One of the few positivenews that sometimesappear in Romania isthat the economy advanced byapproximately 3.5 pc in 2013.Apparently, we have the besteconomic growth of the EUwhich – as a whole – has notregained its ascending courseyet. The respective percentageof economic growth should giveRomania at least a positive stateof mind, but this is not thecase, because of the trivial reasonthat the living standard ofRomanians has not improved.The analysis of the contradiction‘per se’ outlines twoaspects: a positive and a negativeone. On the plus side: therespective economic growth of2013 was mainly driven byagriculture. We had a very goodagricultural year, the wheat outputwas superior to that of thelast 8 years and still has theprecedence in Romanianexports. Hence the conclusionthat the agricultural sector stillrepresent our foremost economicpotential.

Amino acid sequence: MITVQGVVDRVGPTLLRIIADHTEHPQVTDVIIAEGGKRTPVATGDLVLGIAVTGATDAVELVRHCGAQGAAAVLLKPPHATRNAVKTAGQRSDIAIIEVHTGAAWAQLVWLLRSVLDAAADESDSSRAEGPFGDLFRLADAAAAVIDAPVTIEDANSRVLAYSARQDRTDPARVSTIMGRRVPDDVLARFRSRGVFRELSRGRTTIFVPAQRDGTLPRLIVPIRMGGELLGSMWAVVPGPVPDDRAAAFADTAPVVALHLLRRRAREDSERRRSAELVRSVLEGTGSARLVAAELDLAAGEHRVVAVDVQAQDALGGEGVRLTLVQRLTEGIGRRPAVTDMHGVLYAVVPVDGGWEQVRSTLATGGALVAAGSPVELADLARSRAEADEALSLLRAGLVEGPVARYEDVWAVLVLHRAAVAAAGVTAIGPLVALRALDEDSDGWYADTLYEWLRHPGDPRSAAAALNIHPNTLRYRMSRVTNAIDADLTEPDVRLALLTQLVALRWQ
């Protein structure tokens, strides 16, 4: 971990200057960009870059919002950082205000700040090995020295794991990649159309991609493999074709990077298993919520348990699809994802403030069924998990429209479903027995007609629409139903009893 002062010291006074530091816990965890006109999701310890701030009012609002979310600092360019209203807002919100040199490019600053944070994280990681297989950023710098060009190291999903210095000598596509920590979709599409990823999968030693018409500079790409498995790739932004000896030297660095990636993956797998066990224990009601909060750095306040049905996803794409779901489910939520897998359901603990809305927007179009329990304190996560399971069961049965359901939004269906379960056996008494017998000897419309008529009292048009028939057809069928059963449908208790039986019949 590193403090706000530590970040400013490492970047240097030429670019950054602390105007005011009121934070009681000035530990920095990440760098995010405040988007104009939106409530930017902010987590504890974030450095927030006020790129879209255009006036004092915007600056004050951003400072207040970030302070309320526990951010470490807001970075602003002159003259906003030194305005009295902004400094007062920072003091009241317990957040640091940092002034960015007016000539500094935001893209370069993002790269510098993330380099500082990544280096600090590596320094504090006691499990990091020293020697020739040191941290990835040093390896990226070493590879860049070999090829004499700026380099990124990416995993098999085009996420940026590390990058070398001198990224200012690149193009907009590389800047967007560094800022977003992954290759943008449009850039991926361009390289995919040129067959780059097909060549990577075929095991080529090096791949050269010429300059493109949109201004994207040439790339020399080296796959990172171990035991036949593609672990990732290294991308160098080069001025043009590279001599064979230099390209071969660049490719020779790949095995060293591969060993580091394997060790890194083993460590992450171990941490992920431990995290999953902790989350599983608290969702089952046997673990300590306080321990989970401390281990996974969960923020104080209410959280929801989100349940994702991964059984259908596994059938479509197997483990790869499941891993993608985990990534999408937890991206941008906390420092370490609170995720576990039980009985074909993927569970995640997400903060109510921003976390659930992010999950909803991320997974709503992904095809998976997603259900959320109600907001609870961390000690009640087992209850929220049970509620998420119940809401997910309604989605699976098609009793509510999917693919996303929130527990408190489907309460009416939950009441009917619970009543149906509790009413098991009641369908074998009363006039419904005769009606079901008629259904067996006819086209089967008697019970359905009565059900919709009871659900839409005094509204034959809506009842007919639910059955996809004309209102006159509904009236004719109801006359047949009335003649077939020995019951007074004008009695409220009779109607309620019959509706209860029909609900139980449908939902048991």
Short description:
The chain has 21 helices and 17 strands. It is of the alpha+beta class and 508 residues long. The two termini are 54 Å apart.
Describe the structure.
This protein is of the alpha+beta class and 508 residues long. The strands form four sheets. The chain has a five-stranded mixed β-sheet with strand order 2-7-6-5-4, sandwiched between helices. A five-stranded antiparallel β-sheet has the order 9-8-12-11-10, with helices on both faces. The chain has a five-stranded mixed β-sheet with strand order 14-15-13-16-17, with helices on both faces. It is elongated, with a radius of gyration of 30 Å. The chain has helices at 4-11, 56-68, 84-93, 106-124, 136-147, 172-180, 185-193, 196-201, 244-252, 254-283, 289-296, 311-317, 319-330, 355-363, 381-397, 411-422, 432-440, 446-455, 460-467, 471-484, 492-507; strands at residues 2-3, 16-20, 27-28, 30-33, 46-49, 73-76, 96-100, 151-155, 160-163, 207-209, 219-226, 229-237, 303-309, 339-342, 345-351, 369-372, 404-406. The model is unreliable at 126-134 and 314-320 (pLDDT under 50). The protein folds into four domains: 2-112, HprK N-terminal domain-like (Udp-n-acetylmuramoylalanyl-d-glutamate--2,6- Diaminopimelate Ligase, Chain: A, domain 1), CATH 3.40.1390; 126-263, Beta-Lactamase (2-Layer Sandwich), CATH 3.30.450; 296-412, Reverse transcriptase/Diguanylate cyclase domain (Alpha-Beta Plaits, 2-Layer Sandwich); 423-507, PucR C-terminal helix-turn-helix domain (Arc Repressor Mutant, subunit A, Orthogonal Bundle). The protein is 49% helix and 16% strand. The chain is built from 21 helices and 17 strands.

Nevertheless, this potential is not used tothe best extent. And this brings us to theaforementioned negative issue, whichresults from the fact that our wheatexports are mostly conducted right afterharvesting, when prices are very small. Itwould be normal and useful if the excessagricultural output could be stored insilos until favourable prices appear on theinternational market. And the operationalexistence of such silos implies acentralised economic policy, favourable toechonomic imperatives of strategicimportance. Without such a nationalstrategy, the favourable natural conditionswhich the economic potential ofagriculture relies upon, are lost in minorand isolated actions.With this regard, Romania shows a negativepicture, mainly caused by politicaldecisions. At the end of year 1989 andearly in 1990, authorities passed thewrong decision of simply disbanding theformer collective farms, instead of transformingthem into modern units of agriculturalcooperation – as it would havebeen normal. The disaster did not startwhen the former communist collectivefarms were disbanded, but when theywere split into more than 3 million agriculturalplots with surfaces under 1hectare. “The European normality”invoked as target by Romanian rulingpoliticians, since December 1989, shouldhave dictated that the former collectivefarms are integrated into an agriculturalcooperation system similar to what wasgenerally used in Western Europe, USAand many other countries.The rejection of agricultural cooperationspelled the doom of the farming equipmentindustry, agricultural scientificresearch and other sectors of strategicimportance. The first to warn us aboutthis collapse were precisely our foreignguests. One of them, the great Americanfarmer David Garst, who paid a visit toRomania in the early ‘90s, held a pressconference – also attended by membersof the government – in which he praisedthe competence of Romanian agriculturalspecialists and the natural quality of ourarable land. Then he said: “But what youdid by dividing the land after 1989 is acrime. A crime resulting from savageness,not the principles of capitalism.Capitalism means an accumulation ofvalues, which means welfare. The errorsyou made by dispersing the agriculturedo not pertain to capitalism. Thedestruction of capital cannot mean capitalism,it is still communism. You wantedto eliminate communism and you instatedpoverty.”The conclusion of this statement is stilltrue in the years with a rich agriculturalcrop, such as 2013. When the small andmedium-sized farmer, which forms themajority in rural areas, was forced to sellhis crop right after harvesting it, at aderisory price. Because he does not havethe capacity to store it until a latermoment. Why? Because the numerousagricultural silos of old times were privatisedand charge inaccessible storage fees.The Romanian small and medium-sizedproducer, dominant in terms of frequencyin the rural zones, is thus pushed intopoverty. Forced to sell his wheat rightafter harvesting, at prices that drop vertiginously,influenced by local mobsterswho act together in their price-collapsingaction, because this is how they succeedin striking rich from the export of wheat.And the tragedy of the agricultural produceramplifies in the present conditions,when he lacks modern agricultural equipment,carefully selected and very productiveseeds, modern means of counteringpests and, above all, the system of irrigations.Like in the case of agriculturalsilos, the irrigation system that coveredapproximately 4 million hectares in the‘80s of last century was destroyed by thedissemination of agricultural plots. Andthe tragedy keeps getting worse. Now, therural producer is pressed to pay the taxon agricultural incomes, but agriculturalincomes not only are absent, but – evenworse – the Romanian state has not yetpaid the legally due compensations to thefarmers affected by draught in the previousyears.Under the pressure of this multiplepoverty, the small and medium-sizedfarmer is forced to sell his small agriculturalplot. If a hectare of farmland sellstoday in Western Europe at EUR 20,000,the same surface in Romania does notfetch a price above EUR 2,000. This isthe very explanation for the present invasionof various “strategic investors” fromabroad, who massively buy farmlandwhich they often are in no hurry to usefor agriculture. Instead, they keep theselands in order to resell them, at higherprices, to other so-called “investors.”About 2 million hectares thus remain fallowevery year, a phenomenon thatgained momentum after January 1, 2014,when foreigners were granted unlimited“rights” to buy land in Romania. Thus,the rulers of Hungary – a country whichdoes not accept selling its land to foreigners– currently purchase land inRomania, especially in the regions withpredominant ethnic Hungarian population.Why? Because, when the muchwantedfederalisation of Romania willoccur, the respective lands will be practicallyannexed to Hungary.The danger of Romania breaking-up,staunchly promoted by its enemies,begins precisely with ignoring the problemsencountered by Romanian farmerstoday. This kind of warnings launched byour agricultural sector requires the urgentintervention of ruling politicians, if theytruly are Romanians.